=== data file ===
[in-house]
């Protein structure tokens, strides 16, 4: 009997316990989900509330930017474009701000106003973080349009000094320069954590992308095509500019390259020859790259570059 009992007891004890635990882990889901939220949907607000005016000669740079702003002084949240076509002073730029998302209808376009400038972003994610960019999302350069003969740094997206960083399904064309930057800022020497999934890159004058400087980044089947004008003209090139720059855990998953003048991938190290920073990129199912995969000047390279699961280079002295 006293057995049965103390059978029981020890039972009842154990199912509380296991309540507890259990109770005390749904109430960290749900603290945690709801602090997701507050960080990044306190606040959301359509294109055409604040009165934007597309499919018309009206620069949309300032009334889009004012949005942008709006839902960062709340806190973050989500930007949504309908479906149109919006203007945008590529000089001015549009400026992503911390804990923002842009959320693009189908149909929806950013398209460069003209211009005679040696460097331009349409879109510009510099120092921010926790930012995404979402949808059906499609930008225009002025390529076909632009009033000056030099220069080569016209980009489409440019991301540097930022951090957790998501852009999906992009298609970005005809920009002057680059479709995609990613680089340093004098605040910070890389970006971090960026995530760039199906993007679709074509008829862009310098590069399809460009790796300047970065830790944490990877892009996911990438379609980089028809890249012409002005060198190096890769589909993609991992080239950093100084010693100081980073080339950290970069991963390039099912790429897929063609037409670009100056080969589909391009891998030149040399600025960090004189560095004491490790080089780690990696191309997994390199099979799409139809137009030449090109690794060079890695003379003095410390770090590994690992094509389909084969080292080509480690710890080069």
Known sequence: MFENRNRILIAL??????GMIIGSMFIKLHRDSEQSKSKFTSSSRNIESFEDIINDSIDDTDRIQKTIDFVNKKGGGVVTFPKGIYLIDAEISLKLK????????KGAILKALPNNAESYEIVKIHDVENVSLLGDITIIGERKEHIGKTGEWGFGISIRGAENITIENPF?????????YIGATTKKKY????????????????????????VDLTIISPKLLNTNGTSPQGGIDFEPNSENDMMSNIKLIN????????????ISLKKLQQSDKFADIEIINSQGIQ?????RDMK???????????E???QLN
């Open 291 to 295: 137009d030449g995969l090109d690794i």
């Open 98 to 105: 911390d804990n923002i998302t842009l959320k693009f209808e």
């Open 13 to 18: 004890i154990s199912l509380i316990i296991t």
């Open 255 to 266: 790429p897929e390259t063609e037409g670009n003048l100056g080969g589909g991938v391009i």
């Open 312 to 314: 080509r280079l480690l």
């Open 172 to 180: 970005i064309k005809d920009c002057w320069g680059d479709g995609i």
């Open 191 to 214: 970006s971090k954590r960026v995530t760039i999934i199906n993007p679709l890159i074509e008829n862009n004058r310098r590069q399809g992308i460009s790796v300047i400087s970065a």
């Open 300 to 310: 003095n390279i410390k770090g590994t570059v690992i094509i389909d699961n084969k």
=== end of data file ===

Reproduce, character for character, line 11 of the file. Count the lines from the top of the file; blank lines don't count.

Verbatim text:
């Open 300 to 310: 003095n390279i410390k770090g590994t570059v690992i094509i389909d699961n084969k």